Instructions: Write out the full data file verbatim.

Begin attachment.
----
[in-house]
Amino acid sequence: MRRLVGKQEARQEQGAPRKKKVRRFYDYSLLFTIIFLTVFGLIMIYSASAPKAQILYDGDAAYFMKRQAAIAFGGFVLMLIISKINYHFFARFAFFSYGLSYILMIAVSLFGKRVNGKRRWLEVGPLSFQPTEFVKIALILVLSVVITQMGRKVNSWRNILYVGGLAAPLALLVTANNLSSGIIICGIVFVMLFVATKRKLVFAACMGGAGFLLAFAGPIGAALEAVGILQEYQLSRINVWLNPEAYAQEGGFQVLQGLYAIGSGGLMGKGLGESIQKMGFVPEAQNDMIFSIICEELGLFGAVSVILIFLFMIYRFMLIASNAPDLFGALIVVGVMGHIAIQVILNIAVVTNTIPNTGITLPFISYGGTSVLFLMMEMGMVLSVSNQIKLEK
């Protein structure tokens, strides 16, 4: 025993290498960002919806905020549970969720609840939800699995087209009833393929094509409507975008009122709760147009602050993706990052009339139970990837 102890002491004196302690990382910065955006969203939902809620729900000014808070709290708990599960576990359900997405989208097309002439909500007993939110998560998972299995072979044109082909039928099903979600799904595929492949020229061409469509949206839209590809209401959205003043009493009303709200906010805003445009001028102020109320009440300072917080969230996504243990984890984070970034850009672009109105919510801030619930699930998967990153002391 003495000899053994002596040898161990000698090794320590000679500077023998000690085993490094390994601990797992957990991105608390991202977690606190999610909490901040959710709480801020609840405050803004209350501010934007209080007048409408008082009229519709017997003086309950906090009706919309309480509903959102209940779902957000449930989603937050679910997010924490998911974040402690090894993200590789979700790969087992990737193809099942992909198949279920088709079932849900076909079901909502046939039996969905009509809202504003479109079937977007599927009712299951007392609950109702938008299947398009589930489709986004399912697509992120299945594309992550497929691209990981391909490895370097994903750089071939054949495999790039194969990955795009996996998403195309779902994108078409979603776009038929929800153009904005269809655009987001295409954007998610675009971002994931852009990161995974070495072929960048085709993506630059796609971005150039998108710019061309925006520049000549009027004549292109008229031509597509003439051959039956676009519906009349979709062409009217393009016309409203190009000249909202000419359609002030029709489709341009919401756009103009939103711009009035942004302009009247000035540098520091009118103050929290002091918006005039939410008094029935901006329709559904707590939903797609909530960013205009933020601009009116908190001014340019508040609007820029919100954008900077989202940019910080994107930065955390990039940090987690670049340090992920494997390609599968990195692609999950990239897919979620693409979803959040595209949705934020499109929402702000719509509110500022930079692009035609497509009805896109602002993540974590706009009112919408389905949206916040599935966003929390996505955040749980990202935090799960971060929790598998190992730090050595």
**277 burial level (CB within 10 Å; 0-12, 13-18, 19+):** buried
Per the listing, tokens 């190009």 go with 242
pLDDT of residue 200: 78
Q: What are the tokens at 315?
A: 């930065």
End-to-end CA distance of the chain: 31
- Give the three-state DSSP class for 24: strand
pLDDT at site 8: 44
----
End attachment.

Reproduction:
[in-house]
Amino acid sequence: MRRLVGKQEARQEQGAPRKKKVRRFYDYSLLFTIIFLTVFGLIMIYSASAPKAQILYDGDAAYFMKRQAAIAFGGFVLMLIISKINYHFFARFAFFSYGLSYILMIAVSLFGKRVNGKRRWLEVGPLSFQPTEFVKIALILVLSVVITQMGRKVNSWRNILYVGGLAAPLALLVTANNLSSGIIICGIVFVMLFVATKRKLVFAACMGGAGFLLAFAGPIGAALEAVGILQEYQLSRINVWLNPEAYAQEGGFQVLQGLYAIGSGGLMGKGLGESIQKMGFVPEAQNDMIFSIICEELGLFGAVSVILIFLFMIYRFMLIASNAPDLFGALIVVGVMGHIAIQVILNIAVVTNTIPNTGITLPFISYGGTSVLFLMMEMGMVLSVSNQIKLEK
């Protein structure tokens, strides 16, 4: 025993290498960002919806905020549970969720609840939800699995087209009833393929094509409507975008009122709760147009602050993706990052009339139970990837 102890002491004196302690990382910065955006969203939902809620729900000014808070709290708990599960576990359900997405989208097309002439909500007993939110998560998972299995072979044109082909039928099903979600799904595929492949020229061409469509949206839209590809209401959205003043009493009303709200906010805003445009001028102020109320009440300072917080969230996504243990984890984070970034850009672009109105919510801030619930699930998967990153002391 003495000899053994002596040898161990000698090794320590000679500077023998000690085993490094390994601990797992957990991105608390991202977690606190999610909490901040959710709480801020609840405050803004209350501010934007209080007048409408008082009229519709017997003086309950906090009706919309309480509903959102209940779902957000449930989603937050679910997010924490998911974040402690090894993200590789979700790969087992990737193809099942992909198949279920088709079932849900076909079901909502046939039996969905009509809202504003479109079937977007599927009712299951007392609950109702938008299947398009589930489709986004399912697509992120299945594309992550497929691209990981391909490895370097994903750089071939054949495999790039194969990955795009996996998403195309779902994108078409979603776009038929929800153009904005269809655009987001295409954007998610675009971002994931852009990161995974070495072929960048085709993506630059796609971005150039998108710019061309925006520049000549009027004549292109008229031509597509003439051959039956676009519906009349979709062409009217393009016309409203190009000249909202000419359609002030029709489709341009919401756009103009939103711009009035942004302009009247000035540098520091009118103050929290002091918006005039939410008094029935901006329709559904707590939903797609909530960013205009933020601009009116908190001014340019508040609007820029919100954008900077989202940019910080994107930065955390990039940090987690670049340090992920494997390609599968990195692609999950990239897919979620693409979803959040595209949705934020499109929402702000719509509110500022930079692009035609497509009805896109602002993540974590706009009112919408389905949206916040599935966003929390996505955040749980990202935090799960971060929790598998190992730090050595």
**277 burial level (CB within 10 Å; 0-12, 13-18, 19+):** buried
Per the listing, tokens 């190009």 go with 242
pLDDT of residue 200: 78
Q: What are the tokens at 315?
A: 């930065």
End-to-end CA distance of the chain: 31
- Give the three-state DSSP class for 24: strand
pLDDT at site 8: 44